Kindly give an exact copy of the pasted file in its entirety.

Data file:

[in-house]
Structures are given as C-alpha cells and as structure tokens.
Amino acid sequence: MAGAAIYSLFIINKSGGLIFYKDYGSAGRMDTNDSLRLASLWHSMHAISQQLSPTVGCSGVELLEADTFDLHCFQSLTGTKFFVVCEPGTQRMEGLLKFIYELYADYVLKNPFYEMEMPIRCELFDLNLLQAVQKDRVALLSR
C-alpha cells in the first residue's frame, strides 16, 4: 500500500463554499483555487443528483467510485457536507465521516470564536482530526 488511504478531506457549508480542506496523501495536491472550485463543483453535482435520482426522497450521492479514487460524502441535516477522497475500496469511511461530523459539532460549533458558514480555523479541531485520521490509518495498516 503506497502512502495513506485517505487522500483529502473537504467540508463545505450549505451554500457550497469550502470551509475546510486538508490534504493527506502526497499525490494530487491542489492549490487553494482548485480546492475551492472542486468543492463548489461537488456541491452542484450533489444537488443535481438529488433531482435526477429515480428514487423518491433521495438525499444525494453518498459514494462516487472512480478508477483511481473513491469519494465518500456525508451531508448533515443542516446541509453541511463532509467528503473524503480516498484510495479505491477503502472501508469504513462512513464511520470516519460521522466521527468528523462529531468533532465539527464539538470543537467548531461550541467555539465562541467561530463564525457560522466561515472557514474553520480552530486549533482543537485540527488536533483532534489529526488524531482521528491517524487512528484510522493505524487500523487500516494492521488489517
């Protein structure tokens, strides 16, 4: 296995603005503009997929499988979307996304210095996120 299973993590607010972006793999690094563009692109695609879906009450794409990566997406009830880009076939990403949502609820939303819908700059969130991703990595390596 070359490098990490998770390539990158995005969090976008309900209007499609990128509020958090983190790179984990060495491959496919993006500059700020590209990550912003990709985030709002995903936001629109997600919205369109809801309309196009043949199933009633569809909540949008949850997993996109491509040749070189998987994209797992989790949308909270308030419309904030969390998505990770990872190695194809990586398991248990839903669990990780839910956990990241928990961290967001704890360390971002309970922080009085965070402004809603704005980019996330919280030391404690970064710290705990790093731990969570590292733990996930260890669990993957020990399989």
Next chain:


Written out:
[in-house]
Structures are given as C-alpha cells and as structure tokens.
Amino acid sequence: MAGAAIYSLFIINKSGGLIFYKDYGSAGRMDTNDSLRLASLWHSMHAISQQLSPTVGCSGVELLEADTFDLHCFQSLTGTKFFVVCEPGTQRMEGLLKFIYELYADYVLKNPFYEMEMPIRCELFDLNLLQAVQKDRVALLSR
C-alpha cells in the first residue's frame, strides 16, 4: 500500500463554499483555487443528483467510485457536507465521516470564536482530526 488511504478531506457549508480542506496523501495536491472550485463543483453535482435520482426522497450521492479514487460524502441535516477522497475500496469511511461530523459539532460549533458558514480555523479541531485520521490509518495498516 503506497502512502495513506485517505487522500483529502473537504467540508463545505450549505451554500457550497469550502470551509475546510486538508490534504493527506502526497499525490494530487491542489492549490487553494482548485480546492475551492472542486468543492463548489461537488456541491452542484450533489444537488443535481438529488433531482435526477429515480428514487423518491433521495438525499444525494453518498459514494462516487472512480478508477483511481473513491469519494465518500456525508451531508448533515443542516446541509453541511463532509467528503473524503480516498484510495479505491477503502472501508469504513462512513464511520470516519460521522466521527468528523462529531468533532465539527464539538470543537467548531461550541467555539465562541467561530463564525457560522466561515472557514474553520480552530486549533482543537485540527488536533483532534489529526488524531482521528491517524487512528484510522493505524487500523487500516494492521488489517
């Protein structure tokens, strides 16, 4: 296995603005503009997929499988979307996304210095996120 299973993590607010972006793999690094563009692109695609879906009450794409990566997406009830880009076939990403949502609820939303819908700059969130991703990595390596 070359490098990490998770390539990158995005969090976008309900209007499609990128509020958090983190790179984990060495491959496919993006500059700020590209990550912003990709985030709002995903936001629109997600919205369109809801309309196009043949199933009633569809909540949008949850997993996109491509040749070189998987994209797992989790949308909270308030419309904030969390998505990770990872190695194809990586398991248990839903669990990780839910956990990241928990961290967001704890360390971002309970922080009085965070402004809603704005980019996330919280030391404690970064710290705990790093731990969570590292733990996930260890669990993957020990399989």
Next chain: